He was named as one of the twenty-five approvers to examine and recommend preachers under the Act for the Propagation of the Gospel in Wales (1650-2); there is contemporary evidence that he received for this work £138 for 1650 (and part of 1649), £75 for 1651, and two payments of £50 for 1652; there is evidence that he took great interest in the new Puritan school at Swansea. That Act not being renewed in 1653, he was appointed to do definite pastoral work at S. Mary's in Swansea. There in 1658 happened the fierce altercation with the Quaker John ap John who asked whether Bidwell was a true minister of Christ, and was struck in the face instead of getting an answer. He died before 1660, but a Royalist named Richard Seys had such an objection to his bones resting in the chancel of S. Mary's that he drew his sword to prevent the burial; however, we are told he was forced away by the ‘fanaticks’ and put in prison.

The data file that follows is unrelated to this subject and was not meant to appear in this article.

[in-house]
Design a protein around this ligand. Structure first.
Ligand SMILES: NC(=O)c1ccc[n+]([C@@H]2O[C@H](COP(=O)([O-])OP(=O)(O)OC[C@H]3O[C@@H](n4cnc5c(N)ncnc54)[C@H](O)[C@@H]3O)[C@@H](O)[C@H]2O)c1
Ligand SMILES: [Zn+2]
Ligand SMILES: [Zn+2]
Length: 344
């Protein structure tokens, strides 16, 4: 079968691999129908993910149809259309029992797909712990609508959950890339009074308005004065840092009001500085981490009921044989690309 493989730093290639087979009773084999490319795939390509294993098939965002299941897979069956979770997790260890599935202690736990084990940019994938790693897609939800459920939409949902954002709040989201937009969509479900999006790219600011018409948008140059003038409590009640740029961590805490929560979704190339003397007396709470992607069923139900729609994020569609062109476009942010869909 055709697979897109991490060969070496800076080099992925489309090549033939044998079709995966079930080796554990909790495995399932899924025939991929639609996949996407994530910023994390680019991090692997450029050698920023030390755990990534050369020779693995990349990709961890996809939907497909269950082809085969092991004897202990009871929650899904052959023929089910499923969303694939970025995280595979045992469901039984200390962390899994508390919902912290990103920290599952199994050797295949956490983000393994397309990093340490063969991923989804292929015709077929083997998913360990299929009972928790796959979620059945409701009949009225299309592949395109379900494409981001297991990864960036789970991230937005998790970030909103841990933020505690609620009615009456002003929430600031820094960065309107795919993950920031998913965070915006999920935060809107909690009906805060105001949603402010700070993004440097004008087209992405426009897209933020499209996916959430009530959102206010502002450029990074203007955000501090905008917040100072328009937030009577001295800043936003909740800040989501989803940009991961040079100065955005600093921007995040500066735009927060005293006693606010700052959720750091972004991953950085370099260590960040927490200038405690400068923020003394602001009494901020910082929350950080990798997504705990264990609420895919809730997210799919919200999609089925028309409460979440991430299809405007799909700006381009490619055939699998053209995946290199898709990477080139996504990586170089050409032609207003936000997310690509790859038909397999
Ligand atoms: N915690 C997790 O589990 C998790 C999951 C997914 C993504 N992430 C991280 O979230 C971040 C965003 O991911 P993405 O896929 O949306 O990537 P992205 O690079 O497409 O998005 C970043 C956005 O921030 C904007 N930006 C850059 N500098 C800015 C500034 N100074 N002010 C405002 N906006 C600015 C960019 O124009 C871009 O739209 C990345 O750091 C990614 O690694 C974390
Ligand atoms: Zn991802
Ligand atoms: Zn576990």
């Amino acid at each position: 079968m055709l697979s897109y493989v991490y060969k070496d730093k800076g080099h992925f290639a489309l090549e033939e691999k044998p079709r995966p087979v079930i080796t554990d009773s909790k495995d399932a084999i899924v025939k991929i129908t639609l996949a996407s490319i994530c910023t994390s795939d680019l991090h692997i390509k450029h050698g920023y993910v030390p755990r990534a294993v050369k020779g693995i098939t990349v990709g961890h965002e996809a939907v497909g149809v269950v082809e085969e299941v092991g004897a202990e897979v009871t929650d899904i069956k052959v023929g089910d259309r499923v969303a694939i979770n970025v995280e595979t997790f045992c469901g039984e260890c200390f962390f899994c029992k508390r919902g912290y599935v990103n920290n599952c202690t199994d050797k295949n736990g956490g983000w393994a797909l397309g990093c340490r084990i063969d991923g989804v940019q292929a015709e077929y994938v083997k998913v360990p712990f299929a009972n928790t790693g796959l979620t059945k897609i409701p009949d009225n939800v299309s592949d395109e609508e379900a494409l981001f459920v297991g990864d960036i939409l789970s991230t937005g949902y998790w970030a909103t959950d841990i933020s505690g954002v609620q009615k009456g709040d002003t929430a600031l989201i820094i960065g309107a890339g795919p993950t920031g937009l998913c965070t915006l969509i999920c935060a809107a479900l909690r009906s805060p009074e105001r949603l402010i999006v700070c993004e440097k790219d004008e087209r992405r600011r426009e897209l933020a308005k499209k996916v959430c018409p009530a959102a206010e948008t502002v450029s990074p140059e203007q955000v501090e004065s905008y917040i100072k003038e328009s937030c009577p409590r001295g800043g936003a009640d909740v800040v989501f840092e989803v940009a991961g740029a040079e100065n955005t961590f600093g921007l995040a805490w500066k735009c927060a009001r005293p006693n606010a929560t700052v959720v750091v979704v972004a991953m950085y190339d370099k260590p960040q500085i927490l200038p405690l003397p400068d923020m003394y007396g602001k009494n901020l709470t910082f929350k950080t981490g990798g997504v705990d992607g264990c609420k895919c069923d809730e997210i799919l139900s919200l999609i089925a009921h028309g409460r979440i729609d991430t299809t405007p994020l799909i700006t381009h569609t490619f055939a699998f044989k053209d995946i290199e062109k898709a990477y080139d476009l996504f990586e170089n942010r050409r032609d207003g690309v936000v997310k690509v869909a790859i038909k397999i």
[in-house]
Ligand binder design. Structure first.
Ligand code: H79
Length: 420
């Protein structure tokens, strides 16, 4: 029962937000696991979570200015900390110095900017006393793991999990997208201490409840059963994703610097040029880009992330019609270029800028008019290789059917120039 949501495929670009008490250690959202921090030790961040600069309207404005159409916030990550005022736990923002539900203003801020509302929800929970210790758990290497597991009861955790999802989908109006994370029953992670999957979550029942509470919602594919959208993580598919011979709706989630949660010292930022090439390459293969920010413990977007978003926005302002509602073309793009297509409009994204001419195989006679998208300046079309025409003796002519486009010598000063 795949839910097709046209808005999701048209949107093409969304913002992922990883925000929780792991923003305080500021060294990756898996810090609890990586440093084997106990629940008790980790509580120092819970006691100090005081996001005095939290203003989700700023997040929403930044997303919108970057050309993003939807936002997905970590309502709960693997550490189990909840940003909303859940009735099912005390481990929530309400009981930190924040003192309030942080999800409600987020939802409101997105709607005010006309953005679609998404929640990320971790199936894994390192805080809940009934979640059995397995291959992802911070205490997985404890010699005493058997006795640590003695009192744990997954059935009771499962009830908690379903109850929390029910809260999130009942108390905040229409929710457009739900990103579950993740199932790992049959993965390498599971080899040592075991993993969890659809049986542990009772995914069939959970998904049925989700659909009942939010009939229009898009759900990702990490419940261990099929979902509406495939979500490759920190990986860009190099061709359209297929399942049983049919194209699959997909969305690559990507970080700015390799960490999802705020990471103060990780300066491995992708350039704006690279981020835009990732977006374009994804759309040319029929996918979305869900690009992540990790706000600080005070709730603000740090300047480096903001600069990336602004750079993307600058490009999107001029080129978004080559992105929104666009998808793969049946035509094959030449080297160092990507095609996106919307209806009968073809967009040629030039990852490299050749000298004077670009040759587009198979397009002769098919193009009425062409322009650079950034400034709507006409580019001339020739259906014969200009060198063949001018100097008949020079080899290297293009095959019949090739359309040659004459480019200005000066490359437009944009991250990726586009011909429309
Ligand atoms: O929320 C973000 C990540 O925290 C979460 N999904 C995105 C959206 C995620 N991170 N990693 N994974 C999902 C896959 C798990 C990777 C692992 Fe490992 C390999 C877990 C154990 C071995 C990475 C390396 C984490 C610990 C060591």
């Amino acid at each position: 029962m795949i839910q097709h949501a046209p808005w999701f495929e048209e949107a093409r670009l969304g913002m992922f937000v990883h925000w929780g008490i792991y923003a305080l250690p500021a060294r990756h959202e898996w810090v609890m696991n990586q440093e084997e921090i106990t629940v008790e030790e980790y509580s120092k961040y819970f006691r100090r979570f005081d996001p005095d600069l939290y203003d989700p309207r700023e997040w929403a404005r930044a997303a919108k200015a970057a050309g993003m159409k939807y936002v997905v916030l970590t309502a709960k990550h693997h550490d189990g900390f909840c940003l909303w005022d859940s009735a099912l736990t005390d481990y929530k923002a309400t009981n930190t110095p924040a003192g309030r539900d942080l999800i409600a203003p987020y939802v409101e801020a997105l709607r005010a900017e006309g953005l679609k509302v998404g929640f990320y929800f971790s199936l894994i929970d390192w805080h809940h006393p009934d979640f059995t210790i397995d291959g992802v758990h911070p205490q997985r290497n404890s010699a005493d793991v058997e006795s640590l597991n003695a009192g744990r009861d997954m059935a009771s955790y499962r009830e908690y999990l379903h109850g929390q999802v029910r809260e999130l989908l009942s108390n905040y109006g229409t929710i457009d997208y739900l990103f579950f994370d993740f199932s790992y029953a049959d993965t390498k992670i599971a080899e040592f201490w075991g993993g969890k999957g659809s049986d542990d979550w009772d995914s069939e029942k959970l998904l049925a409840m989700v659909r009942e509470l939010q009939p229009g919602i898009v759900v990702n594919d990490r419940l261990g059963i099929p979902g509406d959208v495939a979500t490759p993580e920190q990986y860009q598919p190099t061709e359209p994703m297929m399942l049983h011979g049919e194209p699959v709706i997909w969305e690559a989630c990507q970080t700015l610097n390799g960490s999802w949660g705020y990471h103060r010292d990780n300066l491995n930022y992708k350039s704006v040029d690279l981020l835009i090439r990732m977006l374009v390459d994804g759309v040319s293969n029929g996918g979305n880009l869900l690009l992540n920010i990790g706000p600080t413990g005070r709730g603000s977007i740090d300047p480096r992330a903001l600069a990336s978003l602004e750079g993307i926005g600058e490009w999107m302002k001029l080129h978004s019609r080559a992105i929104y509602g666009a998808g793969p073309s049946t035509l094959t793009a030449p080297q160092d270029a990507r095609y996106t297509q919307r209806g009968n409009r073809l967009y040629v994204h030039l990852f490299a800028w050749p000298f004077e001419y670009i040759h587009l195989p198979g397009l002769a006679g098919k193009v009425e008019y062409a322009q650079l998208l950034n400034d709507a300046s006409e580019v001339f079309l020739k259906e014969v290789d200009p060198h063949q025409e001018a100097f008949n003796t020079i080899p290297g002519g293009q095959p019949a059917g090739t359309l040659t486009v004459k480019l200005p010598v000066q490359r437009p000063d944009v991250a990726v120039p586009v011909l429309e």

Published date: 1959
Article Copyright: http://rightsstatements.org/page/InC/1.0/